Rainbow DUI Defense Lawyers
Keep calm—as soon as you’re arrested, contact your lawyer. You will need to comply with police chemical tests, but you shouldn’t answer any questions until you have a lawyer present.
Arrange for a ride home when you can: you could be kept in the cells for a short time or released straight after being processed in the station. Your license will automatically be suspended for 30 days, so don’t risk driving.
If you want to apply for a restricted license, you should contact your California DMV Driver Safety Office as soon as possible, and within ten days of your arrest. This is the first step in arranging for a DMV hearing, which your lawyer can assist you with.
The small settlement of Rainbow is about 50 minutes north of San Diego. The main roads in the Rainbow area are Old Highway 395, which runs beside the Escondido Freeway, and Rainbow Valley Boulevard, which connects Rainbow to Temecula to the north.
The other busy road is Rice Canyon Rd, which connects Rainbow to Hwy 76. If you are driving in the Rainbow area on the weekend, be aware that police may be out looking for DUI cases on these roads.
One form of DUI in California, found in § 23152 (b) of the California Vehicle Code, involves the driver’s blood alcohol content. If you fail a breathalyzer test, you can be found guilty of a DUI even if there’s nothing wrong with your driving.
The DUI threshold for most drivers over 21 is 0.08% BAC or higher. Commercial drivers, including Uber and Lyft drivers, have a different limit: their BAC must be lower than 0.04%. Drivers under 21 and on DUI probation must return a result of 0.00%. It’s best never to drink when you know you have to drive.
You can also be charged with DUI if you’re found to be driving “under the influence of alcohol,” under § 23152 (a). For instance, you might return a BAC reading of only 0.07% but if your driving is erratic and you show obvious signs of intoxication, you could be charged. Officers use observation and also field sobriety tests to prove that you are impaired by alcohol—they will generally do the same if they suspect drug use.
Regarding drugged driving, the relevant section is driving “under the influence of drugs” § 23152 (f). Drivers will incur a DUI conviction if they are considered to be under the influence of any drug, including illegal, prescription, and over-the-counter substances. § 23152 (g) also covers cases where the driver is affected by both alcohol and drugs.
There is another section (§ 23152 (c) that makes it an offense to drive while addicted to a drug. This section is rarely used.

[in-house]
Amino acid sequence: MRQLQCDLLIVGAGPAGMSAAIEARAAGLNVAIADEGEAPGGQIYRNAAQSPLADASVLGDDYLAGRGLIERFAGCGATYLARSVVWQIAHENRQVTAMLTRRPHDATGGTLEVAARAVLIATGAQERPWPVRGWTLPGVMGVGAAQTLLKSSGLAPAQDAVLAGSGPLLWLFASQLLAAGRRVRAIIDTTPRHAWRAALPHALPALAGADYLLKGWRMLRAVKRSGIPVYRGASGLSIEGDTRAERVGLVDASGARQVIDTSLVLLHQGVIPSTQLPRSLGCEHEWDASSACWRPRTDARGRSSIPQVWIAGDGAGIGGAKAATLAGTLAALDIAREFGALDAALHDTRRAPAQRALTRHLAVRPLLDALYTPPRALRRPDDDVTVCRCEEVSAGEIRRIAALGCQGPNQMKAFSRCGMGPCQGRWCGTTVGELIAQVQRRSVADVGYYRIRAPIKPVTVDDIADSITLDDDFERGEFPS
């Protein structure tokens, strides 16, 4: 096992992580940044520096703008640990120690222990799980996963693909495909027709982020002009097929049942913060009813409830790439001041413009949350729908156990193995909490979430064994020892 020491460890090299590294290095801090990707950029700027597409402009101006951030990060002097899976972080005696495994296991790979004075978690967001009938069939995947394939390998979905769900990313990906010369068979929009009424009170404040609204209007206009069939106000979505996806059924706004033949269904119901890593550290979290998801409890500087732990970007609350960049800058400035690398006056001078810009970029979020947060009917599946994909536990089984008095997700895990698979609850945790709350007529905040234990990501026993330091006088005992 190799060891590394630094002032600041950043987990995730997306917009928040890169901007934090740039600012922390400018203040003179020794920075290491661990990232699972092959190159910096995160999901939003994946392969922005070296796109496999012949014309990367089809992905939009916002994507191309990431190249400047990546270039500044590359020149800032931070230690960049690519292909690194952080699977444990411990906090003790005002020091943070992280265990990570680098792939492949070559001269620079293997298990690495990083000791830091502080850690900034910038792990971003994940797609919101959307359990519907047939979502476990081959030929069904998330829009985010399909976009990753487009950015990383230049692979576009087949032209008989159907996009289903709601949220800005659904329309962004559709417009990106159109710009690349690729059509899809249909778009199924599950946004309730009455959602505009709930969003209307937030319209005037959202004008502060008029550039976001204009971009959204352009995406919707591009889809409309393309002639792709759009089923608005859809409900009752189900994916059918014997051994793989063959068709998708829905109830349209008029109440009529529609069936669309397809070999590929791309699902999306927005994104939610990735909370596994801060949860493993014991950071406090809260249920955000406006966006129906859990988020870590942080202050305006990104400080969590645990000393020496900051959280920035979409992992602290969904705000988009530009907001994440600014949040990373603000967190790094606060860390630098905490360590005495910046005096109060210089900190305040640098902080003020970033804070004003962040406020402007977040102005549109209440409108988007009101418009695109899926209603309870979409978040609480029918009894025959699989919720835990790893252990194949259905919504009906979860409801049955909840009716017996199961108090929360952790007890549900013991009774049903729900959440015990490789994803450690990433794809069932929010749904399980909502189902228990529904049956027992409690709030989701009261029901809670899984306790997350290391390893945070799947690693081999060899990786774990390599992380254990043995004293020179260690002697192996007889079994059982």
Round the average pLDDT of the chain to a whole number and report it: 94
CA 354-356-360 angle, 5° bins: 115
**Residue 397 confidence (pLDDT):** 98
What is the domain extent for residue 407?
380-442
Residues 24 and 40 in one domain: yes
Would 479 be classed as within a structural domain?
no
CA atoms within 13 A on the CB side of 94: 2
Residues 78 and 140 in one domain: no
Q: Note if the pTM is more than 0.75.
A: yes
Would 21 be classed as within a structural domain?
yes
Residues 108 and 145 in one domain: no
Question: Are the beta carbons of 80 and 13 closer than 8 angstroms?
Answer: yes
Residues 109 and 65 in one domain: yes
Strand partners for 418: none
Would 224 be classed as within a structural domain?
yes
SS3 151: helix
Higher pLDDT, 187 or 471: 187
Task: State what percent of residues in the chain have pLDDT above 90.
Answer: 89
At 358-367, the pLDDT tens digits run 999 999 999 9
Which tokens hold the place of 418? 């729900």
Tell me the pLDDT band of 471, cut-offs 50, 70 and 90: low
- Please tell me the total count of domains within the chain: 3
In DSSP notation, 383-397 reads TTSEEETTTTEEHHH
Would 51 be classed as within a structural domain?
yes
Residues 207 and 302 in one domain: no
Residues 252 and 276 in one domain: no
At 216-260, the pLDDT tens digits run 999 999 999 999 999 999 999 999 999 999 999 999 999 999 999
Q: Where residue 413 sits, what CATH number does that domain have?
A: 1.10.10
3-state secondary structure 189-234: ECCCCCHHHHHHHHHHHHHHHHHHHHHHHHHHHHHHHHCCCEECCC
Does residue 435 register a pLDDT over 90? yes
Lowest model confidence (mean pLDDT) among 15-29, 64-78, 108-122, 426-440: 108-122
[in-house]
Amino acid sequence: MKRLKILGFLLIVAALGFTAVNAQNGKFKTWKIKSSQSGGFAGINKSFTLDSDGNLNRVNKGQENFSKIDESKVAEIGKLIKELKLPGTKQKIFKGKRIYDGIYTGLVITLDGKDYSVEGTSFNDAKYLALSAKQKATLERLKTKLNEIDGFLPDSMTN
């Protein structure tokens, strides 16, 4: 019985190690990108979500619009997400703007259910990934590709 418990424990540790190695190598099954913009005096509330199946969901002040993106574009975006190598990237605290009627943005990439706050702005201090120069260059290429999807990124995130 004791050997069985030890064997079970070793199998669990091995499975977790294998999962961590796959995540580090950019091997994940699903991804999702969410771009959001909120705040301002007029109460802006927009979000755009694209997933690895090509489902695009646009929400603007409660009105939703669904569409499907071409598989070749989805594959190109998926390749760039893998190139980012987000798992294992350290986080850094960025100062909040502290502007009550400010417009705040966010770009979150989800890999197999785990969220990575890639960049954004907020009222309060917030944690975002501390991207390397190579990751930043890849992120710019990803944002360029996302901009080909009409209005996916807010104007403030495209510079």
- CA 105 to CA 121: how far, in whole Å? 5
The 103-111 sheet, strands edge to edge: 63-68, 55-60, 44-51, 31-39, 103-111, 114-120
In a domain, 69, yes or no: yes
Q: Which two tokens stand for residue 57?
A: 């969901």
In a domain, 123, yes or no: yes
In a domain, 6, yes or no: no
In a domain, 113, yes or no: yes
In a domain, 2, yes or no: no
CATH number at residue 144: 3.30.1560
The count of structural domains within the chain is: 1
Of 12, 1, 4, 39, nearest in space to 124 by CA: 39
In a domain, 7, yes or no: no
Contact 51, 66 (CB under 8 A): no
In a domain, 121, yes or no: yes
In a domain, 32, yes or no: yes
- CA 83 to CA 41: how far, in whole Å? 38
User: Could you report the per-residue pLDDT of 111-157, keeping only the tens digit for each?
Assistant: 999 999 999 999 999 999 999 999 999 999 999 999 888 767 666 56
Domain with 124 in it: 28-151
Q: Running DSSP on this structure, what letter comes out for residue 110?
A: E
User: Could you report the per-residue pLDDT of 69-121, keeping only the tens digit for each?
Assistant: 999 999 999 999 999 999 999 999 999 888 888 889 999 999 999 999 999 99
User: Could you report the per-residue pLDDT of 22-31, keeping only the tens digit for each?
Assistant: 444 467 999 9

The penalties for DUI offenses in California vary. Here’s a rough guide to fines:
- First offense: $390 and $1,000 + penalties
- Second offense: A fine and penalties totaling around $3,000
- Third offense: A fine of up to $5,000, plus $10,000+ in penalties.
A first offense comes with a maximum sentence of six months in jail, and subsequent offenses by up to one year in jail. However, most of the time, however, first-time and second-time offenders are dealt with via a period of probation instead. This can involve:
- Agreeing to drive with 0.00% BAC
- Complying with requests for chemical tests when pulled over by police
- License suspension for at least six months
- Agreeing to attend DUI school and any court-ordered drug or alcohol programs.
Jail is usually mandatory for third-time offenders, but this can be commuted to house arrest or rehab.
Prosecutors use the evidence collected by police in their DUI investigation to try to prove you were driving under the influence.
In the case of BAC cases, the level of alcohol in your blood is usually quickly determined by a breathalyzer test (although this is not foolproof—police have sometimes been known to breathalyze the passenger rather than the driver, for instance after an accident).
When it comes to driving under the “influence of drugs,” or driving under the “influence of alcohol,” evidence they use can also include:
- Statements you made when police pulled you over
- How well you performed in field sobriety tests (FSTs)
- Police observations of your driving, appearance, and behavior (for instance, dilated pupils, slurred speech)
- Examinations carried out by drug recognition experts at the police station
- The results of chemical tests.
It’s important to note that you can politely decline to take FSTs before you are arrested: these tests can be difficult even for a sober person to pass, and they are often used as grounds for arrest.
A lawyer can advise you and support you during your DMV hearing, submit pretrial motions for you, and represent you in court. There are many defenses to a DUI that a Rainbow defense lawyer can potentially put forward for you, for example:
- Police did not have probable cause, such as a driving error, to pull you over
- Police didn’t have probable cause for arrest
- They didn’t follow regulations when it came to collecting and storing evidence
- The level of drugs in your system was too low to cause impairments
- The “detection window” for the drug you took was longer than the period of impairment.
A lawyer can also put forward alternative explanations to the court for why police might have perceived you as “impaired,” for instance, medical reasons, coordination, or balance problems.
In some situations, a lawyer can help arrange a plea bargain for you, in which you plead guilty to a lesser charge, including “being under the influence” rather than “driving under the influence” of drugs. If you’re looking for an experienced lawyer to defend a DUI in Rainbow, don’t hesitate. Give jD Law Criminal Defense Attorneys a call today at (760) 630-2000.
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